Sad but true ...
@AC: You're right.
The bigger a games company gets, the less willing it becomes to innovate, and starts lying to itself that what customers REALLY want is last year's game with new graphics and another new annoying game mechanic (usually removing LAN options and enforcing multiplayer through centralized laggy servers). Worse, they support and spread this lie by churning out the same crap year on year, until there's almost NO CHOICE for a consumer apart from their drivel.
The problem is that they throw increasingly big budgets at a game, most of which ends up in marketing and product placement, NOT in actual software development.
It's gotten so bad that marketing (well,management decides; marketing just has near-full control of the choices presented to them) not only decides what gets developed, but also when it's going to be released, regardless of what state it's in (waiting till the "gold" release of a game isn't just about saving money anymore, it's usually the first version that runs without too many crashes and major bugs) - and then charge an outrageous price for it.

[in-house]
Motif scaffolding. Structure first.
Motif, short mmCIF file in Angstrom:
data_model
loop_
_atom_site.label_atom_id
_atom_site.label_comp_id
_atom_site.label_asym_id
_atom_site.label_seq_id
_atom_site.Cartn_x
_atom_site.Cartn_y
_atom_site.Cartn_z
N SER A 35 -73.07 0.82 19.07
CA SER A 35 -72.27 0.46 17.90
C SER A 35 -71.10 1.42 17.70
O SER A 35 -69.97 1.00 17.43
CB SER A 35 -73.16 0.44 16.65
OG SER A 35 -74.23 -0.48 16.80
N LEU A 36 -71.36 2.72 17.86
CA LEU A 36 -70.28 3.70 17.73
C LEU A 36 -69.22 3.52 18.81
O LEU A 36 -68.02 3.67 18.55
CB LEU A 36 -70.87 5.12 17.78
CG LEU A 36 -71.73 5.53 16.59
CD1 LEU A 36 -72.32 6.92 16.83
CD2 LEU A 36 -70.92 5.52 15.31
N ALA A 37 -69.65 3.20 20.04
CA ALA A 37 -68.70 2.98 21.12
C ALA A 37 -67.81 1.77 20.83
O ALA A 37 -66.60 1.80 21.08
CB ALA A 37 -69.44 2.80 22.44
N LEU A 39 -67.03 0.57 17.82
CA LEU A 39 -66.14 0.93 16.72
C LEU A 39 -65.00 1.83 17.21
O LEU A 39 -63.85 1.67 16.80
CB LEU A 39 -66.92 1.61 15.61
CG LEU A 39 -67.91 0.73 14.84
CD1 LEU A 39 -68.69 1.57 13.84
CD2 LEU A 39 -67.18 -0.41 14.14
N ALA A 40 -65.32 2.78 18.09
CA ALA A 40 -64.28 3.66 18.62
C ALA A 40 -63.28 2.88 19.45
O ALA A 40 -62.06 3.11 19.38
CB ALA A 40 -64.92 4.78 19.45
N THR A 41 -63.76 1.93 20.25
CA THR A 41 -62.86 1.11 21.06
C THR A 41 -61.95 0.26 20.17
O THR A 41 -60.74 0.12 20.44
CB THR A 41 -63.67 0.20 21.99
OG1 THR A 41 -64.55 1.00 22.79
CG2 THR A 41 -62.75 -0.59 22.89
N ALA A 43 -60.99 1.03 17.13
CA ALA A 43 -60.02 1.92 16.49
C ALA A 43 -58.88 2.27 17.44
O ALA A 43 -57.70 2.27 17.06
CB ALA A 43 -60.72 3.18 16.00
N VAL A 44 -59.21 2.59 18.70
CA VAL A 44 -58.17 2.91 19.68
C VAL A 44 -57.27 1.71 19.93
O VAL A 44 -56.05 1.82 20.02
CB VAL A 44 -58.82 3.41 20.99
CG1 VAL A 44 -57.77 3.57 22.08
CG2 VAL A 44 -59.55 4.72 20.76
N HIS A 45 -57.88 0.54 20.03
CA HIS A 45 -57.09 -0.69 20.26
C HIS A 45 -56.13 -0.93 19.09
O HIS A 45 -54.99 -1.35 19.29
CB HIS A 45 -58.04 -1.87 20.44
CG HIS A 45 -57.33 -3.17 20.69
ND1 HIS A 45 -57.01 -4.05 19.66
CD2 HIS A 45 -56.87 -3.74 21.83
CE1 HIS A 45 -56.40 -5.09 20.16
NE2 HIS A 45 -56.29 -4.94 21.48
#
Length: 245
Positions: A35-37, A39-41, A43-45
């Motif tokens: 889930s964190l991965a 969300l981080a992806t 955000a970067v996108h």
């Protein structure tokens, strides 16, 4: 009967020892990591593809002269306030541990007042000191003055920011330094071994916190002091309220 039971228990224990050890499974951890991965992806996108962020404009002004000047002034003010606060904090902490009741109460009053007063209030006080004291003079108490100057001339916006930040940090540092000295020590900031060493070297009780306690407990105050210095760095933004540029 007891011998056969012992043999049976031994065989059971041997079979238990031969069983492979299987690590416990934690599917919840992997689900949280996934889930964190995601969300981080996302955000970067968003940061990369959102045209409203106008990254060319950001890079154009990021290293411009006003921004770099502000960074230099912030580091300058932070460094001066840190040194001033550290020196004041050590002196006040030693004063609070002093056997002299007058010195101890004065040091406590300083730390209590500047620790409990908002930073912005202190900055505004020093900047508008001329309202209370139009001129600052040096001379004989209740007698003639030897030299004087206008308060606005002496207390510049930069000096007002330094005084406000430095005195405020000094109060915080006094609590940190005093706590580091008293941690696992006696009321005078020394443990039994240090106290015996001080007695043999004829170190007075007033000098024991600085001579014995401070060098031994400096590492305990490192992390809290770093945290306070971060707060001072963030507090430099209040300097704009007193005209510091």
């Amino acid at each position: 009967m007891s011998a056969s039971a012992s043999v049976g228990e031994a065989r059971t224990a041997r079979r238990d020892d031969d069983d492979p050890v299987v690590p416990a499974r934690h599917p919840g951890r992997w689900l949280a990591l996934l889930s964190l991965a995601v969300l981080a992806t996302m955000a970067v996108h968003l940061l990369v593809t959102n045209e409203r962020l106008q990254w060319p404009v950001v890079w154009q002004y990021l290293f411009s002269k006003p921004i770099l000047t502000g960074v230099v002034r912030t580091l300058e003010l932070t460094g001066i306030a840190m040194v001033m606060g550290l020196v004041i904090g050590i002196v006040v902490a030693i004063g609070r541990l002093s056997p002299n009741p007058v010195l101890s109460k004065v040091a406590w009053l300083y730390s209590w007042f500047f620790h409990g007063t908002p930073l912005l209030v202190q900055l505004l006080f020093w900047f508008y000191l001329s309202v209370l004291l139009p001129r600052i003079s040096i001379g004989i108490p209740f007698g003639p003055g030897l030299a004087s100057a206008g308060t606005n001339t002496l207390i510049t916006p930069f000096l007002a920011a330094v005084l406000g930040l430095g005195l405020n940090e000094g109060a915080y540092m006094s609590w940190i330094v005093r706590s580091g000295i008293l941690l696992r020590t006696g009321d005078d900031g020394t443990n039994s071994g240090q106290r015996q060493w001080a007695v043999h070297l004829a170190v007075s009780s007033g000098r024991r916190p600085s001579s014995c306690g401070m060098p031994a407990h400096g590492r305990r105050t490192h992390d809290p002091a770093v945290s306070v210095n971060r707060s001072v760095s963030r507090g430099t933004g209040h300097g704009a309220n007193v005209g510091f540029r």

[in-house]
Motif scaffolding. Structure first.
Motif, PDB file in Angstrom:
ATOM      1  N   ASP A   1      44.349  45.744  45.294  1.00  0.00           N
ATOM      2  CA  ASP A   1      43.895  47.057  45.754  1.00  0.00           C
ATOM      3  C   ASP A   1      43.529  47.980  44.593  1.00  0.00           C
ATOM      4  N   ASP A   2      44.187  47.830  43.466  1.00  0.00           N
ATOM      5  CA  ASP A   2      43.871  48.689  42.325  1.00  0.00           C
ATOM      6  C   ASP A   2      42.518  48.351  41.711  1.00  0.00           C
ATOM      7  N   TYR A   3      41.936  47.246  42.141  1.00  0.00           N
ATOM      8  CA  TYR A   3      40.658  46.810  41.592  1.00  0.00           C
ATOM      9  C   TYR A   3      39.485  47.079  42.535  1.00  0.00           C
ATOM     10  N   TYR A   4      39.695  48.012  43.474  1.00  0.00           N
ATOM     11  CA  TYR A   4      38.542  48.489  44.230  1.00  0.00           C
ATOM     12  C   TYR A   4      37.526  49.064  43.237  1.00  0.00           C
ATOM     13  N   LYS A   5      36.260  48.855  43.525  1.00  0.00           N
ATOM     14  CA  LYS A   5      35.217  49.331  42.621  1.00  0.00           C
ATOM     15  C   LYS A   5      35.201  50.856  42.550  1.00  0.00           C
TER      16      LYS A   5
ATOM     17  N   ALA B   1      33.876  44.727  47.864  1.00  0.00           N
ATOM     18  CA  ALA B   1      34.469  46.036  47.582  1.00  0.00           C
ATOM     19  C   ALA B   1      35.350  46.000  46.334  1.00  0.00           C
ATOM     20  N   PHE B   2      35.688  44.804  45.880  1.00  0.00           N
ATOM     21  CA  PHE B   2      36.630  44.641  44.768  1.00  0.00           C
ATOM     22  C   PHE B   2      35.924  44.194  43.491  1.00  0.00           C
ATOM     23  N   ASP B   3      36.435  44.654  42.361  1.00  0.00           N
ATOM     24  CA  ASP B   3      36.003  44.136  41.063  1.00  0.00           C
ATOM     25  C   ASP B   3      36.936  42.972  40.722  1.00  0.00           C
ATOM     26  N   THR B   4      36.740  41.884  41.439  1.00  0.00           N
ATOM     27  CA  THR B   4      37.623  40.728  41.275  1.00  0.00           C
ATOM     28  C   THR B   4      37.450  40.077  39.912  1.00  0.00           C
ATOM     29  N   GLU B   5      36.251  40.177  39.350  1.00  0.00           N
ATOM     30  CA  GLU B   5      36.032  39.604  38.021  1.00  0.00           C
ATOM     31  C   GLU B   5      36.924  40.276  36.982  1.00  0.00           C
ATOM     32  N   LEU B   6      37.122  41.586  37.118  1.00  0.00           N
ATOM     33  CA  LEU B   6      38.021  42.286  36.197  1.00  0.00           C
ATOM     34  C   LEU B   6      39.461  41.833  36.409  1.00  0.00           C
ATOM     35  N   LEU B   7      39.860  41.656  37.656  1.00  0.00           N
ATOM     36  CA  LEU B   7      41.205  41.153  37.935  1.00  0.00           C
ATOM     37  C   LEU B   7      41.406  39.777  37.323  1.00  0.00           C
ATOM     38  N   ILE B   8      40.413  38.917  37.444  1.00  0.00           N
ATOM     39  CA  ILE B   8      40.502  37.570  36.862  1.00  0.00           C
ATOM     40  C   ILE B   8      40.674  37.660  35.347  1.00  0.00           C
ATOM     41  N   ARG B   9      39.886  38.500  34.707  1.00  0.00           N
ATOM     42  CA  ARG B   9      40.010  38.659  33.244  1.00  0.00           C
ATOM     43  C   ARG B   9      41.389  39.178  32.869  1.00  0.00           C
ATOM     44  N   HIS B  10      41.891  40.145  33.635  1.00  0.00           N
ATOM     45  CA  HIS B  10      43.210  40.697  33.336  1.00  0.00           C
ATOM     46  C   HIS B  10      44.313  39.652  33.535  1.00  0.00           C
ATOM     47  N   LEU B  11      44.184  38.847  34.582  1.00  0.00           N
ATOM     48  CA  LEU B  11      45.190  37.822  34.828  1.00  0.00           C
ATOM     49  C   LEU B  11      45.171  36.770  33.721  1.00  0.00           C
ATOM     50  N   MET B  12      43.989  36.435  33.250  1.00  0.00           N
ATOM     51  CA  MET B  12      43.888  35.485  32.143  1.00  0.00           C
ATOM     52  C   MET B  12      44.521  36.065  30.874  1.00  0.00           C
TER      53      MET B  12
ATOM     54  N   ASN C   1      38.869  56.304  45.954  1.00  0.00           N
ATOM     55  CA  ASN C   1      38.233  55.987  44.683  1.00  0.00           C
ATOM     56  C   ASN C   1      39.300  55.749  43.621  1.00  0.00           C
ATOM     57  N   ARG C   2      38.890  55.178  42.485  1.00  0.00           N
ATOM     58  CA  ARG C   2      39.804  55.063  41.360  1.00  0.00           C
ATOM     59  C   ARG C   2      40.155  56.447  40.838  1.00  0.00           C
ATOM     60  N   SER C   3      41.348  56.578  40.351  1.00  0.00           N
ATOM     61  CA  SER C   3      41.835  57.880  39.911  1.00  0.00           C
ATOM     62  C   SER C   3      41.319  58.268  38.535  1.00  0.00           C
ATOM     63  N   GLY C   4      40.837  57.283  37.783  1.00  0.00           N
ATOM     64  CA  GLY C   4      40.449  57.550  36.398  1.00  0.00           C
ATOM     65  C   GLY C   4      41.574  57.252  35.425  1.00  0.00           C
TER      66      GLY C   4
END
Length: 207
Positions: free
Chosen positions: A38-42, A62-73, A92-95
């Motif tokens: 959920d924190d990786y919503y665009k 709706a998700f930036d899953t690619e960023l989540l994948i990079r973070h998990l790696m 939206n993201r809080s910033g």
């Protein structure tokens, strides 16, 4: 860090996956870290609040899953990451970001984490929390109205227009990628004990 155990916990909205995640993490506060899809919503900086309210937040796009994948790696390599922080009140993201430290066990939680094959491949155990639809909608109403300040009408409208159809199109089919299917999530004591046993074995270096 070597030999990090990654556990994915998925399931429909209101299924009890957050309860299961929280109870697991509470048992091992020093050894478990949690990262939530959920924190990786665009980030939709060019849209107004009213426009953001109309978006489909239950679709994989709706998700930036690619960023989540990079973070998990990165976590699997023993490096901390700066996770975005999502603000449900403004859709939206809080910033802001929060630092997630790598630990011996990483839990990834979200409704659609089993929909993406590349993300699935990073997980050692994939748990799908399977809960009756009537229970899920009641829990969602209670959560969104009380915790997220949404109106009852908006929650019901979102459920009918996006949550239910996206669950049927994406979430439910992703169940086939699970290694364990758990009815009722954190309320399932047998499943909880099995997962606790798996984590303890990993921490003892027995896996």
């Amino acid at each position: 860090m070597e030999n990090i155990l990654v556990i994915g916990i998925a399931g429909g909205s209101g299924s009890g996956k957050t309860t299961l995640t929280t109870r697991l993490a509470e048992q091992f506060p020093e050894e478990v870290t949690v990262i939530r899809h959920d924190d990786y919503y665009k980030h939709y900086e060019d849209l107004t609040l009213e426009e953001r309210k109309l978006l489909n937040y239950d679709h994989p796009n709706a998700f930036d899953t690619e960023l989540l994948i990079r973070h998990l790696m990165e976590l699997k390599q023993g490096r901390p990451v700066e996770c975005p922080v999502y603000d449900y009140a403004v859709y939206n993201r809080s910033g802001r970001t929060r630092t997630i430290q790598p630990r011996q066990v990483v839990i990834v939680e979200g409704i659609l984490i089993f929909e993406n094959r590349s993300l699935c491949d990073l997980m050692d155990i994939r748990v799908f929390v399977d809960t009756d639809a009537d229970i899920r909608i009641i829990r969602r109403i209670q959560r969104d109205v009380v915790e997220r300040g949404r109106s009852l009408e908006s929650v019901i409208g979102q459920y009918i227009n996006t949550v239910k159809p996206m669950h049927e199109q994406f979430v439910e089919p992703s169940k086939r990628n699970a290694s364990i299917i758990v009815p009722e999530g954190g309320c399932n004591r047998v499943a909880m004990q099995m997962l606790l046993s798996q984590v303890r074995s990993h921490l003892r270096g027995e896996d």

Yes, I've seen this up close; smaller game companies are beginning to emulate their bigger counterparts believing that "release early, patch often" will actually enhance their reputation .... of course, the contrary is true but they're so stuck in the lie they probably couldn't change if they wanted to.
I'm not going to cry about Blizzard - they're getting exactly what they deserve, and should have gotten it long ago; they're no more than a name with a famous past, and little future other than to churn more content for their "star" title.
What a fate for what once was one of the most innovative game studios.